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Redskins opponents planning demonstration, legal action

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Clyde Bellecourt and former Viking Joey Browner announce plans for a protest outside the Washington Redskins game at the Metrodome on Thursday, Nov. 7. MPR Phtoo/Tim Nelson

Opponents of the Washington Redskins name plan to march to the Metrodome to protest before tonight's Vikings game.

"We'll never, ever give up on this issue. We're inviting the whole public to join us," said American Indian Movement director Clyde Bellecourt outside the stadium Wednesday. "Everyone. We're drafting you, we're putting you into this national coalition on racism in sports and media. We're calling on everyone, no matter your color or your religious persuasion."

Bellecourt was joined by former Viking Joey Browner, who says he has Native American heritage. He also called for his one-time Washington, D.C. rivals to drop the name, calling it racist.

"I want to change the idea of idealizing, merchandising something that was a license to kill. This word 'redskin' was a license to kill," Browner said. "I don't stand for this word being appropriated any more. I want to change the consciouness of the professional community... we want the "R" word to be completely erased from the memory of the NFL."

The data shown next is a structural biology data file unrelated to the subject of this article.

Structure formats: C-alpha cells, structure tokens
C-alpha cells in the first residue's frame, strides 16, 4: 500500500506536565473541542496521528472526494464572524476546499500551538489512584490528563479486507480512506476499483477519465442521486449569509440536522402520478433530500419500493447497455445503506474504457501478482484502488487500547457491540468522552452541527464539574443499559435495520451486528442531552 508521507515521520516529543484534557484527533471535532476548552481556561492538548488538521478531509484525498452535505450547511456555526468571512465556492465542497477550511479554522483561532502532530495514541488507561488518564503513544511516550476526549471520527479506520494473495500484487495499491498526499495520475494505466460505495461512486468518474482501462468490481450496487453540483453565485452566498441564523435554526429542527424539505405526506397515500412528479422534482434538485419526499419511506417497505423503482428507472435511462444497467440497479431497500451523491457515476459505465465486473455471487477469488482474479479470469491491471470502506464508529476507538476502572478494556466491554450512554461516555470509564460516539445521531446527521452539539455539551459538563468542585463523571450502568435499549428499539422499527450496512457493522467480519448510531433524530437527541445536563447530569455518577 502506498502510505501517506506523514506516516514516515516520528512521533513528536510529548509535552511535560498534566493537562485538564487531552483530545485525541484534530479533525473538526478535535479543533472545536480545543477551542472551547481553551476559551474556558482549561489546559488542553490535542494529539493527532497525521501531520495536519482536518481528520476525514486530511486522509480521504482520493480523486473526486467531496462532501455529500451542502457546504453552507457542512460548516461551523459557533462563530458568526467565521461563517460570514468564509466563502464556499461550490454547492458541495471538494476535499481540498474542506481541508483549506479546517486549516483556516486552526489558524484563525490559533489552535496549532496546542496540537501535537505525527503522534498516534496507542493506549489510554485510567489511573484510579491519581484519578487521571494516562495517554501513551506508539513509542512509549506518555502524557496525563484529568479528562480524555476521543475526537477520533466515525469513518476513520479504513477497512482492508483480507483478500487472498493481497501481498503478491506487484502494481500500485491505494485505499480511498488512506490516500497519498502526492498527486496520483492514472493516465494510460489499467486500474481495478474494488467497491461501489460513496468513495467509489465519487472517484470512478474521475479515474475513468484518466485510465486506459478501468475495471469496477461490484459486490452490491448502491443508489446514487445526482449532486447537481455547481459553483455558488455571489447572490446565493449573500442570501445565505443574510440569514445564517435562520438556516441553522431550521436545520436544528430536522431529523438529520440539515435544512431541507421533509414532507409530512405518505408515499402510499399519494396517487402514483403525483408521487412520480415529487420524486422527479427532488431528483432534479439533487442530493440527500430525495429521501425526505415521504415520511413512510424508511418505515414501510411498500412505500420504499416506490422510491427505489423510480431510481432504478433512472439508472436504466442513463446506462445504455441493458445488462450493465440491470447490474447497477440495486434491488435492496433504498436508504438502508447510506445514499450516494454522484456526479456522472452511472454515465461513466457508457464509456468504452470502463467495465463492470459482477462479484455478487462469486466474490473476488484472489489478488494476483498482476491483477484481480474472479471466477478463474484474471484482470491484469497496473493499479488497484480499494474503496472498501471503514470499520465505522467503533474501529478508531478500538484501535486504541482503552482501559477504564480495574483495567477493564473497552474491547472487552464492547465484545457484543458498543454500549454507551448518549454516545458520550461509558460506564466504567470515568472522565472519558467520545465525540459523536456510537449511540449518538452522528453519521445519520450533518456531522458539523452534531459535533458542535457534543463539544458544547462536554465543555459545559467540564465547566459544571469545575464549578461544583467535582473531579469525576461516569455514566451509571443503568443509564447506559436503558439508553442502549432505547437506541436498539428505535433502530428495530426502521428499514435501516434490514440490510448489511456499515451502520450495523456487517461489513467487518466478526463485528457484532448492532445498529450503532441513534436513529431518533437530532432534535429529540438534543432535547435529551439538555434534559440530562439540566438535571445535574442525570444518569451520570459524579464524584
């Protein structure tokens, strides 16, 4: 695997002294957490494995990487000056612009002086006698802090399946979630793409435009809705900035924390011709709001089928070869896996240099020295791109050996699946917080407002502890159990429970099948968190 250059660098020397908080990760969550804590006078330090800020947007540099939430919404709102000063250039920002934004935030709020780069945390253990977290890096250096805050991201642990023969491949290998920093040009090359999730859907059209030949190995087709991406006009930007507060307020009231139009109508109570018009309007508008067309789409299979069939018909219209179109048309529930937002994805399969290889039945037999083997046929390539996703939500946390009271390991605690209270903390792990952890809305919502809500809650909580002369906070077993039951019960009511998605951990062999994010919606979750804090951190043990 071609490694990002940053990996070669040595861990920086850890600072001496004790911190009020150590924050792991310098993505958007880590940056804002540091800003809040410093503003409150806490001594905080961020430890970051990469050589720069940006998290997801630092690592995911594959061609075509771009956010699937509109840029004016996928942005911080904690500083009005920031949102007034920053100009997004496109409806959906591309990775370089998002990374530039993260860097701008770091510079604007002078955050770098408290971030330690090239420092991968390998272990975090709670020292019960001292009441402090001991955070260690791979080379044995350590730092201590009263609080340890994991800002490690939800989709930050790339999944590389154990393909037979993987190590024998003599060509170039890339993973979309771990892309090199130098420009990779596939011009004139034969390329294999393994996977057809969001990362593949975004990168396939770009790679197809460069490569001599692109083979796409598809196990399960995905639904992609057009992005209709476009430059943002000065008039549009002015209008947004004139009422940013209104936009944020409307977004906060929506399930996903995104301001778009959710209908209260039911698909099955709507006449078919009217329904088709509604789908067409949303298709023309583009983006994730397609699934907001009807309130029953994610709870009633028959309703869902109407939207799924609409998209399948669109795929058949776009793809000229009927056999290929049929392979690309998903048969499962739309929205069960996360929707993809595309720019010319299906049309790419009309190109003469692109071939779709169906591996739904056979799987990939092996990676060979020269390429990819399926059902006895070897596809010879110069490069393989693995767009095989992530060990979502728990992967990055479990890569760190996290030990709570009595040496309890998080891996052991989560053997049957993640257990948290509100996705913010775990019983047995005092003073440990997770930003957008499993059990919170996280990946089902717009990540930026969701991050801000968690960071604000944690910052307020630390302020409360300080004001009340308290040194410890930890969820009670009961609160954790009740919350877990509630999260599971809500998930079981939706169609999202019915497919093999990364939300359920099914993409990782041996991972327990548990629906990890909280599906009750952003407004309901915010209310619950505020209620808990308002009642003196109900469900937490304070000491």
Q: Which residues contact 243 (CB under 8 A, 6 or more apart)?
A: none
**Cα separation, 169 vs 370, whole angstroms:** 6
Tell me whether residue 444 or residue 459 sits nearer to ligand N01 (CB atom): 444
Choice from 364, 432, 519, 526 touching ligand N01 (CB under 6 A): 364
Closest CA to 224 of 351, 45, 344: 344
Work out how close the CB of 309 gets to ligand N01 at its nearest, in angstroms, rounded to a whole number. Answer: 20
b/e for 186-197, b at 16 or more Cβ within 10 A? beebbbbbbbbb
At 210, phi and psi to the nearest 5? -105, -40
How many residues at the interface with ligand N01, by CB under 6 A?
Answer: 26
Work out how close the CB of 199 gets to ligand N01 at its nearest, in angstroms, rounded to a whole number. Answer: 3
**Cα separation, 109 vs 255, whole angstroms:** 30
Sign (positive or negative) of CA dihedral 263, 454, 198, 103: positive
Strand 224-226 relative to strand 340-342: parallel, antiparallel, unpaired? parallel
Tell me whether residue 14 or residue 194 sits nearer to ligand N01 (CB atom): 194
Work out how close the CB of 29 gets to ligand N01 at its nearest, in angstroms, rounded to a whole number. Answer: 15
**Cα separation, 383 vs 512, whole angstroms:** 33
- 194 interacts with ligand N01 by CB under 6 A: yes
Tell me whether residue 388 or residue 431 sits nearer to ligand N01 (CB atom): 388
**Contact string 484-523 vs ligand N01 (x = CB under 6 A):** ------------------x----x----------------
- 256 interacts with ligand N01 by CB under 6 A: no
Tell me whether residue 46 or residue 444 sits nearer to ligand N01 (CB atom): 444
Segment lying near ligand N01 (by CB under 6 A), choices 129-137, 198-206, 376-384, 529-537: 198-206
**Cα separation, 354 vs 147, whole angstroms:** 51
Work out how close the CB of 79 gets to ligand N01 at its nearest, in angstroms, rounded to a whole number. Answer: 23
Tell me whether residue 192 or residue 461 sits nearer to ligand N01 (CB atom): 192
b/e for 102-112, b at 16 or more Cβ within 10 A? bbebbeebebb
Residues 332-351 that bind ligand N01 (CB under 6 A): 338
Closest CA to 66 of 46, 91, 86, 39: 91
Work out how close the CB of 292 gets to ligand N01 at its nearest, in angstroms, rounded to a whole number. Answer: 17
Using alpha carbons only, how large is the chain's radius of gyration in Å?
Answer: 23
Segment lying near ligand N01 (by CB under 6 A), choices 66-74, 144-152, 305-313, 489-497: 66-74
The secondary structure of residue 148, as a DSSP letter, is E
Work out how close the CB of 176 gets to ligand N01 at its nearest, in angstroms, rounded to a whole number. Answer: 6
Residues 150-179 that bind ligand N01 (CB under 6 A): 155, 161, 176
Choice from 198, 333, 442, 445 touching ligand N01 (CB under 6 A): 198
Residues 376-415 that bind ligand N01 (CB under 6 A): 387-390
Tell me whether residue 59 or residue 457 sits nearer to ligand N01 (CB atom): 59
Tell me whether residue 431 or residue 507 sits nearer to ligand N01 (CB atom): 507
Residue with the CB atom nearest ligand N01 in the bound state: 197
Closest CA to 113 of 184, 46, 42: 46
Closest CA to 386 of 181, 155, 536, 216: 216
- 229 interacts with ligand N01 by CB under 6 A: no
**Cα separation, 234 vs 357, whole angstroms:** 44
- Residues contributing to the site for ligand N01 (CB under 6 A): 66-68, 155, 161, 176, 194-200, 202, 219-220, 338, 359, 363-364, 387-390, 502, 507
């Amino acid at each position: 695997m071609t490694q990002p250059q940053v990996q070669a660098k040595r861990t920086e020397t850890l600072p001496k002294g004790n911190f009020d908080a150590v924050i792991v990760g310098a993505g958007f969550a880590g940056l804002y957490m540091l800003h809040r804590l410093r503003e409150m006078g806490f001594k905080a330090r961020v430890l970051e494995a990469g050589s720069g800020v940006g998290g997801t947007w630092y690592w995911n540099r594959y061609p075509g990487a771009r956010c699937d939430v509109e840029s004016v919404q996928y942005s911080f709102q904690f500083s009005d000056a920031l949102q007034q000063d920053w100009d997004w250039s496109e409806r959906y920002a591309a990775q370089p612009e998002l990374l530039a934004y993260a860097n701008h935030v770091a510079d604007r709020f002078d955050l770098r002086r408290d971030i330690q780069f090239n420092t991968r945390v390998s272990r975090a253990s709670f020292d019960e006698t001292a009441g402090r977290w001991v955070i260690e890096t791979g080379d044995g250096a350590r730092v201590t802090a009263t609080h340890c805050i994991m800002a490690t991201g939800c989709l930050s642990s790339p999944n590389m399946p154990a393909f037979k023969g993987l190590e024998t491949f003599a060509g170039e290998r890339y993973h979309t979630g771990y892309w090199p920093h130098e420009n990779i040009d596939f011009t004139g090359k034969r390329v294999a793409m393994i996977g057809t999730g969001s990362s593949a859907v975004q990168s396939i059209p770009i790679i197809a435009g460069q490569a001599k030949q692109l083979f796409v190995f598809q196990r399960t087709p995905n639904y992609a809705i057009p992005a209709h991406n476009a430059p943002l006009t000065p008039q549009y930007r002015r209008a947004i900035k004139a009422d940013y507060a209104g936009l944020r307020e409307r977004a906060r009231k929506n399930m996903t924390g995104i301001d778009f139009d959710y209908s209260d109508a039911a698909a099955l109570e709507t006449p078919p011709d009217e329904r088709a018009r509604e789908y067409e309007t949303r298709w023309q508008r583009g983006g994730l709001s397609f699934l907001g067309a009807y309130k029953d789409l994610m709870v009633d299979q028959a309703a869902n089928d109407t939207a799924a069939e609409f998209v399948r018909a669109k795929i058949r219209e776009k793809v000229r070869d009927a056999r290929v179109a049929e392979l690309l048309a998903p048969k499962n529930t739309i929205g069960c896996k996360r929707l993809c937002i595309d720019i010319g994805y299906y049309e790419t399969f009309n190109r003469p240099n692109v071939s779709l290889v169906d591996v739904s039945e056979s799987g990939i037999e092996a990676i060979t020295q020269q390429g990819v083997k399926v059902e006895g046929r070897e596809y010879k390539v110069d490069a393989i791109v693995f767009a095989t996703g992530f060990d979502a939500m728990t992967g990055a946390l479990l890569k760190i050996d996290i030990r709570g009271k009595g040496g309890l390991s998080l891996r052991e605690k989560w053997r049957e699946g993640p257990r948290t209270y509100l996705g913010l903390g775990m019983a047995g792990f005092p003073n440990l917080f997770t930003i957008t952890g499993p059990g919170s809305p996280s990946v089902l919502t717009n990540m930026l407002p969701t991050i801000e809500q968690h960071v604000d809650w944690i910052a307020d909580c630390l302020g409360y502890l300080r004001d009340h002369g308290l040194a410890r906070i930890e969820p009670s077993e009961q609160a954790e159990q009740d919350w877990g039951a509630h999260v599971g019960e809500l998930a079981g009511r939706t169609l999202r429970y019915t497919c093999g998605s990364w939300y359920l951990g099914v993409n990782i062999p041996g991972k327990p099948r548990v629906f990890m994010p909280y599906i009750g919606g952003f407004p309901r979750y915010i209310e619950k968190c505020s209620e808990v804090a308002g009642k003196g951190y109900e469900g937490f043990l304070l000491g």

It's the latest in a months-long nationwide campaign to try and persuade the Washington football team to drop its team name. Opponents unsuccessfully appealed to the Minnesota Sports Facilities Authority to ban the use of the word for the Thursday night football game, the team's last appearance at the Metrodome before its torn down next year.

Opponents also tried a legal Hail Mary today. They filed a petition with Minnesota Management and Budget to try and win a hearing on the appropriation bonds planned to finance the project. A similar mechanism was used during a 2011 state budget battle. That time, though, the state took the bonds before the Supreme Court for a hearing on their constitutionality.

Attorney Larry Leventhal said today that the stadium bonds -- which are also appropriation bonds -- should also have an administrative hearing to determine if allowing the Washington Redskins to play in the new stadium would be a violation of human rights law and the public purpose requirement of the building.

"There has been no decision by the Supreme Court regarding stadium appropriation bonds. No decision that it has issued that it has even cited them," Leventhal said. "We're calling for that to happen."

Opponents will be gathering at 4:30 at 1113 E. Franklin Ave. to march to the Metrodome before the Vikings game tomorrow night.